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Three towns, one great preserve

While tramping over hilly, rocky terrain in one of southeastern Connecticut’s newest nature preserves earlier this week, Carl Tjerandsen knelt to examine a decaying tree stump.

Most hikers casually step over or around moss-covered logs, but Carl is drawn to them as a bee to honeysuckle.

“Look at all the little rhizoids, trapping water. They’re (literally) at the bottom of the forest food chain,” he said.

Maggie Jones, executive director emeritus of the Denison Pequotsepos Nature Center in Mystic, crouched alongside to get a better look at tiny shoots emerging from the stump’s verdant carpet.

“There’s a maple seedling, a birch, Canada mayflowers …” she said, explaining how moss serves as a seedbed for a variety of plants to kindle new growth.

All too often, people don’t fully appreciate nature’s small wonders, Carl said, adding, “I’m thinking of putting a sign up that reads, ‘Stop, look, listen.’”

Our group was hiking through the Tri-Town Forest Preserve, a sprawling, rugged sanctuary straddling North Stonington, Preston and Griswold. In 2018, the Avalonia Land Conservancy purchased 409 acres from a Tennessee developer who for years had sought unsuccessfully to build a large housing subdivision. Combined with a contiguous protected tract, the Tri-Town preserve now measures 527 acres.

Containing dense woodlands that teem with wildlife, streams, ponds, stonewalls and two 500-plus-foot overlooks, the property is one of the conservancy’s most popular and highly regarded natural areas.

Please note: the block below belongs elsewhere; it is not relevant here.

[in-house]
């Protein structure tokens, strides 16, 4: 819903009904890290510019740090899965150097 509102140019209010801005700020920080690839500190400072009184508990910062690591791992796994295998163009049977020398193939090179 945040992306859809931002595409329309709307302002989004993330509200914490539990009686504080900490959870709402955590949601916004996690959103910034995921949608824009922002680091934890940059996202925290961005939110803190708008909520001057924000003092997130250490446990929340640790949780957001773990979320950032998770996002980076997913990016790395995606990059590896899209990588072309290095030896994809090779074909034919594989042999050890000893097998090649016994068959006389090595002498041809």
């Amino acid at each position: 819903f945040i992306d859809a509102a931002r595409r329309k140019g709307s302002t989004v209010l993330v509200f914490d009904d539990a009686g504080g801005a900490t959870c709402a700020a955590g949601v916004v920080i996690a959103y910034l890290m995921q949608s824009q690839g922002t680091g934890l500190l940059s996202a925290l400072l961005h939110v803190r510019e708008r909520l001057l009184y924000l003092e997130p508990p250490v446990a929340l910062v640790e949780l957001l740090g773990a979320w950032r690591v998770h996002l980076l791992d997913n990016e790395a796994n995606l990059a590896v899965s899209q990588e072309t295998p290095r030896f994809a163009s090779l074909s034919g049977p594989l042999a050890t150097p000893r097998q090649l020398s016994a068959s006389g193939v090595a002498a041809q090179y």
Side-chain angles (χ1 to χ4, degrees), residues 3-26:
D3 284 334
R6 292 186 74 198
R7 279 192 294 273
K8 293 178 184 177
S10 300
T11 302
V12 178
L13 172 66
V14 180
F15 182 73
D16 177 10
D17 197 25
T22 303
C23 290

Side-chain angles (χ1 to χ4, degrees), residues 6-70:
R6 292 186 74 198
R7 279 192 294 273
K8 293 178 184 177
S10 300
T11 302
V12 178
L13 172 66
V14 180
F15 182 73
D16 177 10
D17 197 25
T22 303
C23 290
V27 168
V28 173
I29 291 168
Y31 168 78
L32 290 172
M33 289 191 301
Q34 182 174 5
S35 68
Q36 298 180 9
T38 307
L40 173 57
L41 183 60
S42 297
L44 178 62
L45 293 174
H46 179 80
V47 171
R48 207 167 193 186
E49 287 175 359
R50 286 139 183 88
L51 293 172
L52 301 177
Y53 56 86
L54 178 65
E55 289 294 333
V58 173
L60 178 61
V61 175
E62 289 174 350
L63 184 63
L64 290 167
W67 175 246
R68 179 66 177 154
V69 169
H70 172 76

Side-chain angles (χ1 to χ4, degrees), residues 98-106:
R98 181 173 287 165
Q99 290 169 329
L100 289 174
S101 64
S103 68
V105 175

A report by Robert Askins, professor emeritus at Connecticut College, notes the land “encompasses an exceptionally large area of contiguous, healthy mature forest,” adding that recent surveys “confirm that both the diversity and density of forest birds is truly exceptional; no other Avalonia preserve comes close.”

A separate study conducted by the Connecticut Botanical Society and Carya Ecological Services found that the preserve supports more than 300 plant species, including 11 considered rare.

Tri-Town also abuts more than 800 conservation easements held by The Nature Conservancy and is across the street from a 213-acre section of Pachaug State Forest. Land preservation advocates hope one day it will be part of a greenbelt extending from northern New London County to Long Island Sound.

I had hiked through Tri-Town on a bitter cold January day in 2018 just as Avalonia was completing its purchase. At the time, there were only a few rough trails, so we occasionally had to bushwhack through tangled brush, and at one point dragged fallen tree limbs across a mostly frozen stream to fashion a shaky, makeshift bridge.

Since then, Carl, a longtime Avalonia supporter, along with Sue Sutherland, a board director, as well as a team of volunteers, have spent countless hours laying out, clearing and helping maintain some nine miles of well-marked paths. A sturdy new bridge now crosses the stream we once tiptoed over; five benches provide resting spots atop challenging ridges.

“We’re about to climb Lambert Peak. Grab your oxygen bottles,” Carl joked not long after our group set out on a five-mile hike.